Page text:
- any of various portable devices for raising or lifting heavy objects short heights, using various mechanical, pneumatic, or hydraulic methods.
- Also called knave. Cards. a playing card bearing the picture of a soldier or servant.
- Electricity. a connecting device in an electrical circuit designed for the insertion of a plug.
- (initial capital letter) Informal. fellow; buddy; man (usually used in addressing a stranger): Hey, Jack, which way to Jersey?
- Also called jackstone. Games.
- one of a set of small metal objects having six prongs, used in the game of jacks.
- one of any other set of objects, as pebbles, stones, etc., used in the game of jacks.
- jacks,(used with a singular verb)a children's game in which small metal objects, stones, pebbles, or the like, are tossed, caught, and moved on the ground in a number of prescribed ways, usually while bouncing a rubber ball.
- any of several carangid fishes, especially of the genus Caranx, as C. hippos (crevalle jack or jack crevalle), of the western Atlantic Ocean.
- Slang. money: He won a lot of jack at the races.
- Slang: Vulgar. jack shit.
- (initial capital letter) a sailor.
- a lumberjack.
- jack rabbit.
- a jackass.
- a device for turning a spit.
- a small wooden rod in the mechanism of a harpsichord, spinet, or virginal that rises when the key is depressed and causes the attached plectrum to strike the string.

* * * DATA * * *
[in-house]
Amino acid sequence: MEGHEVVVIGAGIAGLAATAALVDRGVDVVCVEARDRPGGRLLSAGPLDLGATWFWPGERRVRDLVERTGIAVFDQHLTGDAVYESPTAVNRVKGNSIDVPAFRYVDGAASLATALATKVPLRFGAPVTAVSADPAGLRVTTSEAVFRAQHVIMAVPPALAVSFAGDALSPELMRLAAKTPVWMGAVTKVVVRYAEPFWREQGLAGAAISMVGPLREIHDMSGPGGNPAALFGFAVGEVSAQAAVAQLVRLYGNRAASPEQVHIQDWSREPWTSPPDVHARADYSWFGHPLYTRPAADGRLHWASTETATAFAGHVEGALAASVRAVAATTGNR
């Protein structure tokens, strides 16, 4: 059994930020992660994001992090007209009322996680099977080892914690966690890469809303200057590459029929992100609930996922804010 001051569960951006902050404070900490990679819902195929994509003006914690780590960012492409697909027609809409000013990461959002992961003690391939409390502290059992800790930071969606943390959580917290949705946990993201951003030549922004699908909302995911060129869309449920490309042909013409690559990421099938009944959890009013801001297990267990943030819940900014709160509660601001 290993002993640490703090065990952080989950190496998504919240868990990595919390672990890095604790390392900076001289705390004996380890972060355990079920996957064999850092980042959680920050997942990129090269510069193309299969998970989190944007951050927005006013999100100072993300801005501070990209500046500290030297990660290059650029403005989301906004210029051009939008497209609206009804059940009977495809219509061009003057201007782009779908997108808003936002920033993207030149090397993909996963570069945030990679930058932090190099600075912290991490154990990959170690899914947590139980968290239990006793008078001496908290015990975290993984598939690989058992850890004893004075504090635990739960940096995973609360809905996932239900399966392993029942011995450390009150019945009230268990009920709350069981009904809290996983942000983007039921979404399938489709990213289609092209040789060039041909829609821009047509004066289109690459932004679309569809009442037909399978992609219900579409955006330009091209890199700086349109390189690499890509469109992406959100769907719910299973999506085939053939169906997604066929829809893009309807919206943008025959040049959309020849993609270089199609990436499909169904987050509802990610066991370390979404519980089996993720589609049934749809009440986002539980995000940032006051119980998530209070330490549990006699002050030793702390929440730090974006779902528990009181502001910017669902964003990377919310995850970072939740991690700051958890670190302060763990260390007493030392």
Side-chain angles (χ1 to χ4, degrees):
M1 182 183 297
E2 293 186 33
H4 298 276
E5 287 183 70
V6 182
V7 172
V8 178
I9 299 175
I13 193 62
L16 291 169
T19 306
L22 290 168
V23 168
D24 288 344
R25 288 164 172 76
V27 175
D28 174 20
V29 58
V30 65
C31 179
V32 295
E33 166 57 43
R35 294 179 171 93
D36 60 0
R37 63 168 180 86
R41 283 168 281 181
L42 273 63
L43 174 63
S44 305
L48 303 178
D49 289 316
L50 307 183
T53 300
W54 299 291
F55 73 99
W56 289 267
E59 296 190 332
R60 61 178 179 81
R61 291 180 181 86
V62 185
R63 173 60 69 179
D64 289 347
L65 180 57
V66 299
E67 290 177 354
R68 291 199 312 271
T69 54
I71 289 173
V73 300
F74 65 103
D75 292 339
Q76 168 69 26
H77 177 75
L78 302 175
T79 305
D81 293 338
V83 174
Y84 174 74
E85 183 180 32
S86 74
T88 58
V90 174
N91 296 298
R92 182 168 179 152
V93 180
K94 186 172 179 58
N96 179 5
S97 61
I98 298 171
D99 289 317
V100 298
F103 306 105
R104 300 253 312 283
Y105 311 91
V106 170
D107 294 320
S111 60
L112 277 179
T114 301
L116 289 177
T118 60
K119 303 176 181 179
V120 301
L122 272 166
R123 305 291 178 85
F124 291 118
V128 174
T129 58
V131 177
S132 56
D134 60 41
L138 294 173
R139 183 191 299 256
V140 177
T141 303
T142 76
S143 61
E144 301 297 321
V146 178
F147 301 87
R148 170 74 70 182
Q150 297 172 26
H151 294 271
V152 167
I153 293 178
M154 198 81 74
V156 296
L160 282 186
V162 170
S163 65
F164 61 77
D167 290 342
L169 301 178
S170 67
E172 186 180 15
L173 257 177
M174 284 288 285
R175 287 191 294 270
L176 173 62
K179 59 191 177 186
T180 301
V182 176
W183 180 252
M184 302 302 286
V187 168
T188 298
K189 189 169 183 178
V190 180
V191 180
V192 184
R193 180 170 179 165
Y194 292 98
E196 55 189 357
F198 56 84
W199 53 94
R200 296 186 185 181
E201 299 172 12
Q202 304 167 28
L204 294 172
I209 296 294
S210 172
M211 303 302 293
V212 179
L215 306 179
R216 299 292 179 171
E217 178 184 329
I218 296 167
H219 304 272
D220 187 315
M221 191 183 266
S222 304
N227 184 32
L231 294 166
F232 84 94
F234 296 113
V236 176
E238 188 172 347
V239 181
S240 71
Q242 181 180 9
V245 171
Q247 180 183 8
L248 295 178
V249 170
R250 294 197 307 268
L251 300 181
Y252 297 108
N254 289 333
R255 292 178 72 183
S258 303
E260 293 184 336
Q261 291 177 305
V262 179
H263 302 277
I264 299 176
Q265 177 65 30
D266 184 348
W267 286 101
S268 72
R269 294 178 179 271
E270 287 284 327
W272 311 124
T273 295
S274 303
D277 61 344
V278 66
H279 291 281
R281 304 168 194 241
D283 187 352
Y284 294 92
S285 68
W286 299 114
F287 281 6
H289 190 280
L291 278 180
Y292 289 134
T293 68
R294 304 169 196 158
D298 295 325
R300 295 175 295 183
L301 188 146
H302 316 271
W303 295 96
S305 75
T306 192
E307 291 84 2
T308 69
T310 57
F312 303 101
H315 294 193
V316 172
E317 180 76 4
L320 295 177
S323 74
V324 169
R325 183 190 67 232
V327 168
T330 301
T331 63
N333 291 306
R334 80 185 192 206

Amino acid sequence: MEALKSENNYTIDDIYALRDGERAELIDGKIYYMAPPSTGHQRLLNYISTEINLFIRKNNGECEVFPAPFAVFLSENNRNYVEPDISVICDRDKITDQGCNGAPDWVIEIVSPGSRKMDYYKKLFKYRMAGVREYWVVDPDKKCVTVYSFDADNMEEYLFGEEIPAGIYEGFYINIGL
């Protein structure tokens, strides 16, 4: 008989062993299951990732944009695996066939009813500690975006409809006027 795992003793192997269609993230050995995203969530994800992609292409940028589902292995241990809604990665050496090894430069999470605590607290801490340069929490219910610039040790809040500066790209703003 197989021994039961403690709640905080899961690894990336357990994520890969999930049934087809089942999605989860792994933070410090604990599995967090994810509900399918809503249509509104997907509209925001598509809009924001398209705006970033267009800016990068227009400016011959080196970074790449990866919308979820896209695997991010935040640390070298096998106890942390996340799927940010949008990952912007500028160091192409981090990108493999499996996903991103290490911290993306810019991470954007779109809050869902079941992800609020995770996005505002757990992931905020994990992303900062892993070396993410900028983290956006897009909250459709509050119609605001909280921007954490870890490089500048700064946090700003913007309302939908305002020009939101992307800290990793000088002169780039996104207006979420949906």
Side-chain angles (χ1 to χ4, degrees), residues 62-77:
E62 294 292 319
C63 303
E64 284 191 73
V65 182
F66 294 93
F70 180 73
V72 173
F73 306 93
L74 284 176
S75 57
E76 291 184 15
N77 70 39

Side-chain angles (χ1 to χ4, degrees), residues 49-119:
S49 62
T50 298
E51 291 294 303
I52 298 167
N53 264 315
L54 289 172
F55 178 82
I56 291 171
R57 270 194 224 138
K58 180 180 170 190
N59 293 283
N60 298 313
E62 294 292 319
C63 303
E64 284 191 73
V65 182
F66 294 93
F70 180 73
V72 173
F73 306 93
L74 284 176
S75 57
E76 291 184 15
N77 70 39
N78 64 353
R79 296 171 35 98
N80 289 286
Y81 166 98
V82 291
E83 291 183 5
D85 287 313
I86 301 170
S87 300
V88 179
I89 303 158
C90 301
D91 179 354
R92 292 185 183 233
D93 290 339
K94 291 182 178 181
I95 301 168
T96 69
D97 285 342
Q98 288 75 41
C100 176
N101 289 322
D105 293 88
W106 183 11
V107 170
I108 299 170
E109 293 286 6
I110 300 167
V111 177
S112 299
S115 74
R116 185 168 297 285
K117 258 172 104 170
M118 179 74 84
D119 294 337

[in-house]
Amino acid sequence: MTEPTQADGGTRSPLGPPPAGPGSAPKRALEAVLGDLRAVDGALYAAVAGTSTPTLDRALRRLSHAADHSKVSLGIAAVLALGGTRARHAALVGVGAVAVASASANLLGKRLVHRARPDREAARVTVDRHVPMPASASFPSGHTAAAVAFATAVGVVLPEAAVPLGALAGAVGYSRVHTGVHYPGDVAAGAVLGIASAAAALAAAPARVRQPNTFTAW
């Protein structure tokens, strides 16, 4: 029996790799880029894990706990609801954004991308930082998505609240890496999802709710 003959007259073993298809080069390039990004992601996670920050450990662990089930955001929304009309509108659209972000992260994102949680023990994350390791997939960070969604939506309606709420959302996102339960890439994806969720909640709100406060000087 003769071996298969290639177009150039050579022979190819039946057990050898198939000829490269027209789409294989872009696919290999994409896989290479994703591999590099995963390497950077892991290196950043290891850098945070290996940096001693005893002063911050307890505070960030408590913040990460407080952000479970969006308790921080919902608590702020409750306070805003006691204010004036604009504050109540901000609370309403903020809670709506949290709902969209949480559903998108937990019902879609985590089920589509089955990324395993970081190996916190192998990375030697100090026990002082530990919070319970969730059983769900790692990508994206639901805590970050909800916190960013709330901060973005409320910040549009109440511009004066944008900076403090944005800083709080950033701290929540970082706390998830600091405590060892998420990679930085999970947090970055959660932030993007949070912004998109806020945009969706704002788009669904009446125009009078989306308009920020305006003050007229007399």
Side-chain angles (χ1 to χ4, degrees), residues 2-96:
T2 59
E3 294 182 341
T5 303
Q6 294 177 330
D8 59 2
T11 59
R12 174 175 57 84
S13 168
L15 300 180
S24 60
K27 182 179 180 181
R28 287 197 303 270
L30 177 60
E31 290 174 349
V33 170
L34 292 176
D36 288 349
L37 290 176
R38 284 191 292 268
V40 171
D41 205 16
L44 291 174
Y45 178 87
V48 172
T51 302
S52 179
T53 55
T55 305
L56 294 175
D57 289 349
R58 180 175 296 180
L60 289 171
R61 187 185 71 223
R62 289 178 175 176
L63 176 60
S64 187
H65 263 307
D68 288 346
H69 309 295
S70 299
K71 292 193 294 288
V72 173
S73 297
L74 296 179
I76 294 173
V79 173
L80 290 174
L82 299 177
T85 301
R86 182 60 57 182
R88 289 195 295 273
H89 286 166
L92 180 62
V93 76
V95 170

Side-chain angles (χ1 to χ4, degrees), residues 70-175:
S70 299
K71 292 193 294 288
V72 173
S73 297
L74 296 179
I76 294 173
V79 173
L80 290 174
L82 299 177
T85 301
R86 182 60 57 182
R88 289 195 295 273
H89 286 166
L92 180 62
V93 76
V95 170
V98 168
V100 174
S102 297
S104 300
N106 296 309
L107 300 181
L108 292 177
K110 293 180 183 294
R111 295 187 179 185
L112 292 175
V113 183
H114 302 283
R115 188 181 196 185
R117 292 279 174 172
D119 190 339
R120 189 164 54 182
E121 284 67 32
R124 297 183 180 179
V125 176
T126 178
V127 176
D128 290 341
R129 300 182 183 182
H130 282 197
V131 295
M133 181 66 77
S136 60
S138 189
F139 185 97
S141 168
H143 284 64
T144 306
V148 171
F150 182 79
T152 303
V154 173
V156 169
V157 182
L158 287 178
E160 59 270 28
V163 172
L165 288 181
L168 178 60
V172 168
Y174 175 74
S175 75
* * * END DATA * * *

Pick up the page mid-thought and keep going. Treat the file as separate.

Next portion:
- Lawn Bowling. a small, usually white bowl or ball used as a mark for the bowlers to aim at.
- Also called clock jack. Horology. a mechanical figure that strikes a clock bell.
- a premigratory young male salmon.
- Theater. brace jack.
- Falconry. the male of a kestrel, hobby, or especially of a merlin.
- to lift or move (something) with or as if with a jack (usually followed by up): to jack a car up to change a flat tire.
- Informal. to increase, raise, or accelerate (prices, wages, speed, etc.) (usually followed by up).
- Informal. to boost the morale of; encourage (usually followed by up).
- Slang. to mess up, ruin, or injure (usually followed by up): The paint job was all jacked up.I jacked my shoulder when I fell.
- to jacklight.
- to jacklight.
- Carpentry. having a height or length less than that of most of the others in a structure; cripple: jack rafter; jack truss.
- jack off, Slang: Vulgar. to masturbate.
- every man jack, everyone without exception: They presented a formidable opposition, every man jack of them.
Origin of jack1
- to steal: Some neighborhood kids jacked her car and took it for a joyride.Hackers jacked my email account in a phishing scam.
- to rob: He got jacked on his way home from the club.
Origin of jack2
Origin of jack3
- a defensive coat, usually of leather, worn in medieval times by foot soldiers and others.
- a container for liquor, originally of waxed leather coated with tar.
Origin of jack4
- JohnJack, 1917–1999, Irish political leader: prime minister 1966–73, 1977–79.
- Ber·na·dotte Ev·er·ly [bur-nuh-dot ev-er-lee] /ˈbɜr nəˌdɒt ˈɛv ər li/, 1886–1969, U.S. historian.
- Harrison (Ha·gan) [hey-guh n] /ˈheɪ gən/, Jack, born 1935, U.S. astronaut, geologist, and politician: U.S. senator 1977–83.
- Wel·don John [wel-dn] /ˈwɛl dn/, Jack, 1905–64, U.S. jazz trombonist and singer.